Trademarks have to inform potential buyers about the goods and services that are trademarked. Trademarks can be characteristic of the goods or they can be the companies that made them.
Companies have a lot of alternatives when they are deciding how to design a legitimate trademark. They can incorporate logos, words, shapes, and colors. And in some instances even sounds can be trademarked.
Of utmost importance, though, is that the design of the trademark is distinctive. For example, if a company wanted to use a descriptive name that doesn’t help potential purchasers identify the origin of the product then it would not be considered to be a valid trademark.
The Different Types of Trademarks:
1. Trademarks and Service Marks
A trademark is a word, symbol, design, or phrase, or a combination of symbols, words, phrases and/or designs that identify and distinguish the source of goods from one entity to another. A service mark is essentially the same as a trademark except it is used to identify and distinguish the source of a service instead of a product.
In the past trademark law only protected marks that regarded products. However, as the need for protecting the source of services gained importance the law was extended to encompass services as well.
Nowadays, even though trademark scholars and attorneys use the term “goods and services” they are using it more out of habit than anything else because trademarks now cover both goods and services.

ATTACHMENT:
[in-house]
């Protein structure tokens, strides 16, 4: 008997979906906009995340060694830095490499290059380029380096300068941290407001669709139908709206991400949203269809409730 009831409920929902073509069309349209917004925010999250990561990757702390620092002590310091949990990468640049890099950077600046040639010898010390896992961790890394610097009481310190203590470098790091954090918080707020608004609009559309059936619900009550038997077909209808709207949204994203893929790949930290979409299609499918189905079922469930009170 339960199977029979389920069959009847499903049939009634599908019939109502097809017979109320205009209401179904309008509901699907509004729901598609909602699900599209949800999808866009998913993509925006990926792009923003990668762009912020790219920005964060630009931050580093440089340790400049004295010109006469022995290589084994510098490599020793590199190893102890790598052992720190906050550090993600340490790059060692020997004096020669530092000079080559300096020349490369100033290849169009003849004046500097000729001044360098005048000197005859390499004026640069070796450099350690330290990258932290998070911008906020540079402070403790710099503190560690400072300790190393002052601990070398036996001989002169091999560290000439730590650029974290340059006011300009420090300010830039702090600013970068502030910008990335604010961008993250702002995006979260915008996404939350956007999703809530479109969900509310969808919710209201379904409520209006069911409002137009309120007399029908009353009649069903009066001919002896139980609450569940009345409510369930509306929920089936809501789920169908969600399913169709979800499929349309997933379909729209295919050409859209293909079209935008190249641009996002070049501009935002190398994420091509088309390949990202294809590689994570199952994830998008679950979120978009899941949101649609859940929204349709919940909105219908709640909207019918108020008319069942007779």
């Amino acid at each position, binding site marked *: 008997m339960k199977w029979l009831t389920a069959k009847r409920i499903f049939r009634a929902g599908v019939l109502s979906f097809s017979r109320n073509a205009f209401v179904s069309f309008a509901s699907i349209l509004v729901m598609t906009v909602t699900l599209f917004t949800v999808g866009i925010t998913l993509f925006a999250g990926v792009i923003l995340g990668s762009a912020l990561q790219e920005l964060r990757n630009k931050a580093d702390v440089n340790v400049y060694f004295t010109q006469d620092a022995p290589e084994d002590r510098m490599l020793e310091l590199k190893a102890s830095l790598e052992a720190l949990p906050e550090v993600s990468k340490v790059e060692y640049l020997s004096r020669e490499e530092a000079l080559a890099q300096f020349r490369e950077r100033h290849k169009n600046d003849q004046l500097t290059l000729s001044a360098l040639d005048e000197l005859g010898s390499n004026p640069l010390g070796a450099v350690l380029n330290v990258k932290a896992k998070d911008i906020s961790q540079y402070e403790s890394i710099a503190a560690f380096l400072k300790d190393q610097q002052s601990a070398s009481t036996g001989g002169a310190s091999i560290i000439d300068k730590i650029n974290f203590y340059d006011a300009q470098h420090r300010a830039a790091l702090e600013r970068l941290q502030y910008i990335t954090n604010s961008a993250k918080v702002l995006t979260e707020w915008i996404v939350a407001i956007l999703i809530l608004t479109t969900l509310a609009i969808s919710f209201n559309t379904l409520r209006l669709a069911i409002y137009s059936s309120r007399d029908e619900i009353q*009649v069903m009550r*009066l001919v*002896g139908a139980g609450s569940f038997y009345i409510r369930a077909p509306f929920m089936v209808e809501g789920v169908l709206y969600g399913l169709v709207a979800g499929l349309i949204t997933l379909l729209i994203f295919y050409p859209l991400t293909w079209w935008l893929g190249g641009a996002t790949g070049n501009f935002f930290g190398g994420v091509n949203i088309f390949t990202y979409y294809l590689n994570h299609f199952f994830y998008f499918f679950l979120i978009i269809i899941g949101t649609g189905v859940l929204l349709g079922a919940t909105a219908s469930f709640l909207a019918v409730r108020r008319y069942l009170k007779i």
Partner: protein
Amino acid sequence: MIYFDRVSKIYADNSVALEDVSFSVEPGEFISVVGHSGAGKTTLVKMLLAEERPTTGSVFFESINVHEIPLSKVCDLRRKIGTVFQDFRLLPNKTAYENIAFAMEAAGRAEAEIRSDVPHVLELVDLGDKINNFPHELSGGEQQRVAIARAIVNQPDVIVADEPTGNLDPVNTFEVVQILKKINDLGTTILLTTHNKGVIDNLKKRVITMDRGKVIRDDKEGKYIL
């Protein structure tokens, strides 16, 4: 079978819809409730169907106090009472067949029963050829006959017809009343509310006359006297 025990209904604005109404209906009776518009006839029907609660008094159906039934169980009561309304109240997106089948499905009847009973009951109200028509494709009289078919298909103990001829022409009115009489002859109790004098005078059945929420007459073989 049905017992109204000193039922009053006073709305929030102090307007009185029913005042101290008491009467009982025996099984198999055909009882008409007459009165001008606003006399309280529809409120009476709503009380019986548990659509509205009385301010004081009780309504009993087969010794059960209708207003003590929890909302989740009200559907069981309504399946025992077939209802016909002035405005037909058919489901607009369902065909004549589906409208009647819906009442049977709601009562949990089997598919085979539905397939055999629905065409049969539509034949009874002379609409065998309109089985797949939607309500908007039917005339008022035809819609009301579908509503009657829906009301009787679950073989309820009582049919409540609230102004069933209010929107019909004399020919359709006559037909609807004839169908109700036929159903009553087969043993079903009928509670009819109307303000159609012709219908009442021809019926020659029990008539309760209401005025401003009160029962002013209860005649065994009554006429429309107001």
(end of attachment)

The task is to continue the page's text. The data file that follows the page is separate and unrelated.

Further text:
2. Collective Marks
Collective marks indicate that the origin of the goods and services is a member of an association and not a company. A collective mark empowers association members to jointly profit from the image that was created by the collective mark.
When a collective mark is used it informs consumers that the company that is using the mark has met the standards that were set by the association. One example is the term “realtor.” It is a collective mark that can only be used by real estate agents who are members of a national association of realtors. A real estate agent who is not a member of that association cannot call himself or herself a “realtor.”
3. Certification Marks
A certification mark is similar to a collective mark. Although it doesn’t indicate the origin of certain goods it does indicate specific characteristics of those goods. For example, certification marks could indicate that a product was made from 100% cotton.
Certification marks are typically held by independent bodies that maintain certain standards which must be met in order for a product to bear that mark.